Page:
The company was launched in 2014, and managing director Dr Gerhard Coetzee says the name is derived from a German word for ‘hawk’.
Among its early projects, it developed drones and software to survey 10 000ha in the DRC using the normalised difference vegetation index (NDVI).
After being bought out by Africom Commodities, Haevic started to develop larger ‘endurance drones’ that could cover larger areas. With a flying time varying from three to seven hours and able to carry heavy cameras, the fixed-wing drones opened up an entirely new market.
One of the company’s helicopter-type products, the SuperDrone, is a hexacopter (six rotors) that has a 40-minute flying time and comes with three attachments:
- NDVI or infrared camera (ideal for tracking stock thieves);
- A fertiliser/pesticide/herbicide distributor, with a 2,4kg payload. It can cover between 7ha and 10ha a day. One very useful application is eradicating alien vegetation in hard-to reach areas;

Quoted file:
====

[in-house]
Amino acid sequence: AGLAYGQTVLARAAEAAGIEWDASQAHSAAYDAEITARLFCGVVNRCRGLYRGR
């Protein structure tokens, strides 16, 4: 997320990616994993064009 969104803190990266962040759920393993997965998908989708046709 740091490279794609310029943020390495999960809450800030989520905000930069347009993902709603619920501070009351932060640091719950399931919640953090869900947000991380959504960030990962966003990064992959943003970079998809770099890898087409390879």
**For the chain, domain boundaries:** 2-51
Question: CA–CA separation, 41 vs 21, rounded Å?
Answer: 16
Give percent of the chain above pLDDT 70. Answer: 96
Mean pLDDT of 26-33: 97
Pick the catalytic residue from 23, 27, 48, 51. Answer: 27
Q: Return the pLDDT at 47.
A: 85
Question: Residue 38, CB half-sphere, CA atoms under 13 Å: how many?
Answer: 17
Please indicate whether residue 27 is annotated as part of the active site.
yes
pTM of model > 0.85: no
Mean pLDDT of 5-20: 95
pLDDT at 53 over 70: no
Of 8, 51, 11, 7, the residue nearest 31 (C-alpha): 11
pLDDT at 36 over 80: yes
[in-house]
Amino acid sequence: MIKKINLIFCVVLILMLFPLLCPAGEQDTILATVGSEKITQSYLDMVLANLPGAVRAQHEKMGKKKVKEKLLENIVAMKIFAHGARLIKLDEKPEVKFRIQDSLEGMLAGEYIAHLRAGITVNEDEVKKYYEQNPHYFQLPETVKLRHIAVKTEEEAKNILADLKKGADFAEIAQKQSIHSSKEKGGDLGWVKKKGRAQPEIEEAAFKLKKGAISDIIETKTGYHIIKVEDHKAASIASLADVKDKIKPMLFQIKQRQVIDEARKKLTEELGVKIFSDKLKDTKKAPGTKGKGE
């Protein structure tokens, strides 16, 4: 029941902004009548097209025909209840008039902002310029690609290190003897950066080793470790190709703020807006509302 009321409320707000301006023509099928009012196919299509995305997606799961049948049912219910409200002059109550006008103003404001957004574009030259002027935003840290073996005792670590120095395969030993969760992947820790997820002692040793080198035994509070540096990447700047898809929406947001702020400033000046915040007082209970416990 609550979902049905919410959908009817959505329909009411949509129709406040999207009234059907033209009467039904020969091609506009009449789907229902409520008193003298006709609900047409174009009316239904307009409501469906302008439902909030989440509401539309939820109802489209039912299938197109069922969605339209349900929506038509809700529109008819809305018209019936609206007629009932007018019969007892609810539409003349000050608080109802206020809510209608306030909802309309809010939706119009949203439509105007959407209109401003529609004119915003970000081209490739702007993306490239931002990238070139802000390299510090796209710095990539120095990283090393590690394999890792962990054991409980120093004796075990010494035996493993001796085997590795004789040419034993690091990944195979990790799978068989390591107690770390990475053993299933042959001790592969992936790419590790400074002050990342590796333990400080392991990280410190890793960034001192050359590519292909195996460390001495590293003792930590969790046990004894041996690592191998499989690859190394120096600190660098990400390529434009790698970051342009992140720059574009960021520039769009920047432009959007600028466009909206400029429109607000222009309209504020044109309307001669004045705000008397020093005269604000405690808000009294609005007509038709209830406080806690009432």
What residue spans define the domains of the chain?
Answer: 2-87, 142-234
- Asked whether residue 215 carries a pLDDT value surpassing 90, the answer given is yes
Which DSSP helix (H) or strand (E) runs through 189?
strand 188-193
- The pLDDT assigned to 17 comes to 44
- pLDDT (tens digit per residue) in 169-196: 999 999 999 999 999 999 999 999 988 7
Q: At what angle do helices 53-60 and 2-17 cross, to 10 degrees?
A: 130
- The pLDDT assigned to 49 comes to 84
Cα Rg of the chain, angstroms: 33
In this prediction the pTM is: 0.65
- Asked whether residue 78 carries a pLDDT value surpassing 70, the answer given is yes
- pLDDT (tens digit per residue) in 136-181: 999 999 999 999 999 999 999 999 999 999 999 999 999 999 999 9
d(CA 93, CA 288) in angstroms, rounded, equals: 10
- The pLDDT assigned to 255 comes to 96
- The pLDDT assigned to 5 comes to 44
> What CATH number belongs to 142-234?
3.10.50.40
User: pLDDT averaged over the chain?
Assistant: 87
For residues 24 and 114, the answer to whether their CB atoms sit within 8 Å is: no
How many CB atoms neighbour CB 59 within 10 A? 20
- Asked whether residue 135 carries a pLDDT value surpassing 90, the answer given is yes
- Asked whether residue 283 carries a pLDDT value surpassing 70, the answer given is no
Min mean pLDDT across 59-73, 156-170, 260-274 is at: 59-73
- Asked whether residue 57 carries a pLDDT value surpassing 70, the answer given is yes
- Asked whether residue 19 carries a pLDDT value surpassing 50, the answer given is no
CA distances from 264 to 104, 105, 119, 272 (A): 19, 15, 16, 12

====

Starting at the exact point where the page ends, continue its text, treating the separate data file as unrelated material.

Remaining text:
- A dart gun, comprising a gas canister with two darts.
The dart gun is controlled via remote control, with the operator/pilot wearing ‘first person view’ (FPV) goggles.
This advanced system means that as you turn your head, the drone moves in the same direction, in a similar way to some fighter pilot helmets.
A laser beam from the drone can be directed onto your target. You then press a switch on the remote control to fire a dart, which is accurate from 25m to 30m. Only static trials have been conducted at this stage; the system will soon be tested on moving objects.
Effective darting at a fraction of the cost
Once the animal has been darted, the drone can be used to follow it until the tranquilliser takes effect. The animal can then be captured or given veterinary assistance as required.
This technology promises considerable efficiency and cost-saving. Helicopters are currently used – at great cost.
Greg Miles is a livestock farmer and Internet marketer.